?4G? does not always equal ?LTE,? but if it does in Australia, then Apple either needs a new name or extremely clear warnings.



    The refund option is important, because I?m sure many people would choose the WiFi version instead. Now they can change their mind and swap for a cheaper iPad. It?s not that they don?t like their iPad, it?s that they bought a more expensive one than they might have.



    P.S. I think the most useful definition of 4G is to throw the term out. Second most useful: use it for whatever ?4th gen? standard has the widest coverage area; not the fastest speeds in certain spots. We already have the terms ?LTE? and ?WiMax? so why make the term ?4G? become identical? ?4G? didn?t meant ?LTE? to begin with. Toss it out or let it keep its meaning of ?4th generation.? Remember AT&T vs. Verizon ?3G?? Verizon ?3G? was almost the same in speed and capability as AT&T?s 2nd-gen EDGE! Yet technically it was ?3rd generation.? Throw these generation terms out.
  • Quote:
    Originally Posted by Mightymike View Post


    What about cars that are advertised to go 100+ mph when you can't drive that fast?





    Which car ads say that a car can go 100+ MPH?



    I have never seen any car ad that says anything like that.
  • aderutteraderutter Posts: 223member
    Personally I don't think Apple have done anything wrong.



    I could buy a 3g phone without a contract and then choose to use it on a 3g network or a 2g network. Either way the device is still 3g capable so calling it a 3g phone shouldn't be a problem.



    Just because Australia don't have the networks shouldn't stop Apple selling/naming the tech/devices. Btw, we don't have 4g here in the UK either and we don't seem to be confused.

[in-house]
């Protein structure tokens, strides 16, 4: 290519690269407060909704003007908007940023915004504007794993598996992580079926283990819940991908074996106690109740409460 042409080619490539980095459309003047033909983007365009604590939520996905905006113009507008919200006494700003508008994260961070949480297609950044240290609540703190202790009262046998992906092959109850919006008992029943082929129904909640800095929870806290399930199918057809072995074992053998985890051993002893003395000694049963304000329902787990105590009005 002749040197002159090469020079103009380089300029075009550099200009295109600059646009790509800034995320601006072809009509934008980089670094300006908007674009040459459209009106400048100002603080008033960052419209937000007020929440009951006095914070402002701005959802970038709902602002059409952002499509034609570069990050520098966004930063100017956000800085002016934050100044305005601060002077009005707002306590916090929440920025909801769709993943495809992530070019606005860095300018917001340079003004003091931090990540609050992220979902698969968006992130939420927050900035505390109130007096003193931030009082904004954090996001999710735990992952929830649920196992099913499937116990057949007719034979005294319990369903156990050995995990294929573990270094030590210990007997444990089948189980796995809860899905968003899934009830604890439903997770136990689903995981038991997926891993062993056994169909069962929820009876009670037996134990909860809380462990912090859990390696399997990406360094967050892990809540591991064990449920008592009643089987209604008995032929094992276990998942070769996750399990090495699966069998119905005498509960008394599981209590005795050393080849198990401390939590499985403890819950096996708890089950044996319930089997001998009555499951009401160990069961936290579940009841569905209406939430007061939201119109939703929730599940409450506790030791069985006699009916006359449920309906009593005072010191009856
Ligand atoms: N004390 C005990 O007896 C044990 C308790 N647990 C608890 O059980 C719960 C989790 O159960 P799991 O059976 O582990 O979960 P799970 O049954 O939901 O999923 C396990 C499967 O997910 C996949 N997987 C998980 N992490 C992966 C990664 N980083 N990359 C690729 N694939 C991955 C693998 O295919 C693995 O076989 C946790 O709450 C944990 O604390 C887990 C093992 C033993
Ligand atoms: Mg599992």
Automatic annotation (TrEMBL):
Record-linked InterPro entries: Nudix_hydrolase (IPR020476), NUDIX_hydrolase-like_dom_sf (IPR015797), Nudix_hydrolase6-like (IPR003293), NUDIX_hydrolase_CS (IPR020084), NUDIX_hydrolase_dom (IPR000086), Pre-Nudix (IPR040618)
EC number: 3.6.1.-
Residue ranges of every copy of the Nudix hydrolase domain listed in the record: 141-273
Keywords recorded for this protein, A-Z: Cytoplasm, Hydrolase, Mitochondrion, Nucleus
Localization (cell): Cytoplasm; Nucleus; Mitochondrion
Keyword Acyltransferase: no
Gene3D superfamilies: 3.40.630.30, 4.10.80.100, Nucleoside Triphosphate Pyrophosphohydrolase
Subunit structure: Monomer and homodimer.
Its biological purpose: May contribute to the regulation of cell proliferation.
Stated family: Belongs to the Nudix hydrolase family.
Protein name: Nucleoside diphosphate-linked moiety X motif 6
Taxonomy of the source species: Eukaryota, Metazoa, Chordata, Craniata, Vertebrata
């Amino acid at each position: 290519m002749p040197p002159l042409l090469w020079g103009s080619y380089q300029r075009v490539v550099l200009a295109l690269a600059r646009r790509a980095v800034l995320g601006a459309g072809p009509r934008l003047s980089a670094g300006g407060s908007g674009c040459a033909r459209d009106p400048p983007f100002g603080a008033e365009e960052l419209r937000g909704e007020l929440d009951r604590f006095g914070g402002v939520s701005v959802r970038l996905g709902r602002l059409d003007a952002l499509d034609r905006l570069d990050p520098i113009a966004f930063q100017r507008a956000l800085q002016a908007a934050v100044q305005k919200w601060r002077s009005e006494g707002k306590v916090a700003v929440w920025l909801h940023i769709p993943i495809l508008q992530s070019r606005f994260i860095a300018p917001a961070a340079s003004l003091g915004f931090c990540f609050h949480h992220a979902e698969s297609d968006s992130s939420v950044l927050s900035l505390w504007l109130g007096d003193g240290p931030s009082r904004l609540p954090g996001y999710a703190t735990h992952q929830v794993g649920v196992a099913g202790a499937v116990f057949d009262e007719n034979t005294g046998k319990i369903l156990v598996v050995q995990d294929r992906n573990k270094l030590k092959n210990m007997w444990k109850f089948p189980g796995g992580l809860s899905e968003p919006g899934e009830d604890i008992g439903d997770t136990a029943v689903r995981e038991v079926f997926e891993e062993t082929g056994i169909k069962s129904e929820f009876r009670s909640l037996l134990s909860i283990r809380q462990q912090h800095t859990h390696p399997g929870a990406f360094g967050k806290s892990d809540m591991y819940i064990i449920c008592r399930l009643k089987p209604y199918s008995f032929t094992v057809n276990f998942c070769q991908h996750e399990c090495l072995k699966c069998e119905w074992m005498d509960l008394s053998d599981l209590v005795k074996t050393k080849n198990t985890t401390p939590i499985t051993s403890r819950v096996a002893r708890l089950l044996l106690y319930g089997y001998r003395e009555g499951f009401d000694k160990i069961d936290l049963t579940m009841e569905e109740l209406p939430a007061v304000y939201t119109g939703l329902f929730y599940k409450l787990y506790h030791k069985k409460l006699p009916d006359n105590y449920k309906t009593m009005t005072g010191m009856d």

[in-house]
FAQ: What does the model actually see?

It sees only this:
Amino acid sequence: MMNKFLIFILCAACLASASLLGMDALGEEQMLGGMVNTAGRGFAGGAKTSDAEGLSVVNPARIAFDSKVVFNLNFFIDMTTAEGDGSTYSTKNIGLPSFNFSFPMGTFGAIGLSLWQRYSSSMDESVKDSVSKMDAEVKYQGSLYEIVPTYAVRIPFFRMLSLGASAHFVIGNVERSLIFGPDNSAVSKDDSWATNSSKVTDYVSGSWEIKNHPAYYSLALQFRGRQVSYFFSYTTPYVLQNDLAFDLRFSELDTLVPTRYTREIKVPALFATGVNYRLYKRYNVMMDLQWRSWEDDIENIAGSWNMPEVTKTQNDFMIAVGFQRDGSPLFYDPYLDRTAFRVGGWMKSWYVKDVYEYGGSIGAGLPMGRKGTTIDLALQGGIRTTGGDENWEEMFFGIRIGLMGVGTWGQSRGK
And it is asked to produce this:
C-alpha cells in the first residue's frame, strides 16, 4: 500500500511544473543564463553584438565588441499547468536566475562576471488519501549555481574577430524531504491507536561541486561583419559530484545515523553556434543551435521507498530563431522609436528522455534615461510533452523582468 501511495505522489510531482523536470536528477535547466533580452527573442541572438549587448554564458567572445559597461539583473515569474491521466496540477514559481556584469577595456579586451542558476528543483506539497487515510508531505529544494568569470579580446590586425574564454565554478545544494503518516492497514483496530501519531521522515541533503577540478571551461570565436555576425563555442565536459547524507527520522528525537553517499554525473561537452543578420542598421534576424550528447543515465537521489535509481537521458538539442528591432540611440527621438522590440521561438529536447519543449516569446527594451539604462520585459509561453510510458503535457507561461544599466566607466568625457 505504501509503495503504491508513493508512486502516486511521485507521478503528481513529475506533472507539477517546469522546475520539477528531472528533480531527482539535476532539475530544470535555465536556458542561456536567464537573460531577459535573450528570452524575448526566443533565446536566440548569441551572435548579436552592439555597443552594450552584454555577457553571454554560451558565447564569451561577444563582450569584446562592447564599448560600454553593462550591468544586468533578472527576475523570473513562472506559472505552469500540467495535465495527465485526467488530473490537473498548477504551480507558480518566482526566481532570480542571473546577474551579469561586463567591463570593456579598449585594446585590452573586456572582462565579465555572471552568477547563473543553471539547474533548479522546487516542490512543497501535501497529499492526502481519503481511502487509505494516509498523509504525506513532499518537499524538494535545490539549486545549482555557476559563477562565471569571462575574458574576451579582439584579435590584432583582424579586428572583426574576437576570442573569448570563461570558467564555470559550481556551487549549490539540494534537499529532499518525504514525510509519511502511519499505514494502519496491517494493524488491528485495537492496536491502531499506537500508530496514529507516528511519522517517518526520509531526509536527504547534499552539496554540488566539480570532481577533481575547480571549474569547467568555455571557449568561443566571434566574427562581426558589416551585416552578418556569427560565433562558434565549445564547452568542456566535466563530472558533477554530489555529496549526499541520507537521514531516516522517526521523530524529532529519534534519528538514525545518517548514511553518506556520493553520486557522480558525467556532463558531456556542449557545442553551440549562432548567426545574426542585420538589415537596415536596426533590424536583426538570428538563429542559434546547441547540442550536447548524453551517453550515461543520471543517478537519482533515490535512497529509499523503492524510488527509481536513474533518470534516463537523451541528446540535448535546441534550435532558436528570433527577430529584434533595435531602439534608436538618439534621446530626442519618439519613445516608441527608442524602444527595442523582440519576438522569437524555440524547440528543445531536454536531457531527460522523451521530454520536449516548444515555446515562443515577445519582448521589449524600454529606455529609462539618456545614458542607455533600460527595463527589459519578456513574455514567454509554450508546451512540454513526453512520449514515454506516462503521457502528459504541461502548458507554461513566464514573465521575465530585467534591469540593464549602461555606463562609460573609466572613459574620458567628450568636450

• solipsismxsolipsismx Posts: 19,566member
    Quote:
    Originally Posted by aderutter View Post


    Just because Australia don't have the networks shouldn't stop Apple selling/naming the tech/devices. Btw, we don't have 4g here in the UK either and we don't seem to be confused.



    This is where it gets sticky. Australia does have 4G LTE, it's just that it's not compatible with the LTE power amps in the iPad (3).
  • paxmanpaxman Posts: 4,290member
    Quote:
    Originally Posted by Mightymike View Post


    What about cars that are advertised to go 100+ mph when you can't drive that fast? Do cars come with a disclaimer?



    Its not a good comparison. I would argue that 4g is a major feature which implies speed. Data speed is important to people. The day that there is a speed limit - say 300mbps, and a device maker advertises or lists as a feature that their device is capable of twice that, then the whole issue would be mute. Nobody would care.
  • anonymouseanonymouse Posts: 6,558member
    Quote:
    Originally Posted by SolipsismX View Post


    Here is an interesting webpage I've used before. Unfortunately with the world being mostly covered with water it was hard to find any place I'd ever been to that was antipodal to another land mass.